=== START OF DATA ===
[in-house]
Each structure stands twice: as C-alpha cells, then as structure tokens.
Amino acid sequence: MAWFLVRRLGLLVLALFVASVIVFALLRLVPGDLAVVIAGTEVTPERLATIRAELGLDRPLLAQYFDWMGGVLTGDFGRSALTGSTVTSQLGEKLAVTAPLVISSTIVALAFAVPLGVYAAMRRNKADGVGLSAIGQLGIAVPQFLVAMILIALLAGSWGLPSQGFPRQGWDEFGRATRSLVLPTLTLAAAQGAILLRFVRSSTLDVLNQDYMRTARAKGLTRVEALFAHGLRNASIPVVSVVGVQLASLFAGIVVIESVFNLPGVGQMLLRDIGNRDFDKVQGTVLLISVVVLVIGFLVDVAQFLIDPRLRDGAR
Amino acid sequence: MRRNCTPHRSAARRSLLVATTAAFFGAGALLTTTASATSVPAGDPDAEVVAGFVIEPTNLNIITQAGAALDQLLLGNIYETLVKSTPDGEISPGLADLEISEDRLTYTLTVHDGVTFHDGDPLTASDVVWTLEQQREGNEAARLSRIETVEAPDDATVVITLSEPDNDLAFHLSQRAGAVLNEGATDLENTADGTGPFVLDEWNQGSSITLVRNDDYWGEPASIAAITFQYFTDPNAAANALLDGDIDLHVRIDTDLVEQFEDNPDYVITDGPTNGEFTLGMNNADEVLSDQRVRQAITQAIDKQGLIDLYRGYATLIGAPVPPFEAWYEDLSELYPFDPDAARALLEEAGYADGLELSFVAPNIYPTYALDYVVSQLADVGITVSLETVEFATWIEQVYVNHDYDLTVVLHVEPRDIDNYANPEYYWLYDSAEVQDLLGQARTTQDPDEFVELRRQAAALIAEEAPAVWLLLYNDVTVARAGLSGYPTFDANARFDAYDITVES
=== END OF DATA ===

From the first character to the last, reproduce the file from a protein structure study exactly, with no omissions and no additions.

[in-house]
Each structure stands twice: as C-alpha cells, then as structure tokens.
Amino acid sequence: MAWFLVRRLGLLVLALFVASVIVFALLRLVPGDLAVVIAGTEVTPERLATIRAELGLDRPLLAQYFDWMGGVLTGDFGRSALTGSTVTSQLGEKLAVTAPLVISSTIVALAFAVPLGVYAAMRRNKADGVGLSAIGQLGIAVPQFLVAMILIALLAGSWGLPSQGFPRQGWDEFGRATRSLVLPTLTLAAAQGAILLRFVRSSTLDVLNQDYMRTARAKGLTRVEALFAHGLRNASIPVVSVVGVQLASLFAGIVVIESVFNLPGVGQMLLRDIGNRDFDKVQGTVLLISVVVLVIGFLVDVAQFLIDPRLRDGAR
Amino acid sequence: MRRNCTPHRSAARRSLLVATTAAFFGAGALLTTTASATSVPAGDPDAEVVAGFVIEPTNLNIITQAGAALDQLLLGNIYETLVKSTPDGEISPGLADLEISEDRLTYTLTVHDGVTFHDGDPLTASDVVWTLEQQREGNEAARLSRIETVEAPDDATVVITLSEPDNDLAFHLSQRAGAVLNEGATDLENTADGTGPFVLDEWNQGSSITLVRNDDYWGEPASIAAITFQYFTDPNAAANALLDGDIDLHVRIDTDLVEQFEDNPDYVITDGPTNGEFTLGMNNADEVLSDQRVRQAITQAIDKQGLIDLYRGYATLIGAPVPPFEAWYEDLSELYPFDPDAARALLEEAGYADGLELSFVAPNIYPTYALDYVVSQLADVGITVSLETVEFATWIEQVYVNHDYDLTVVLHVEPRDIDNYANPEYYWLYDSAEVQDLLGQARTTQDPDEFVELRRQAAALIAEEAPAVWLLLYNDVTVARAGLSGYPTFDANARFDAYDITVES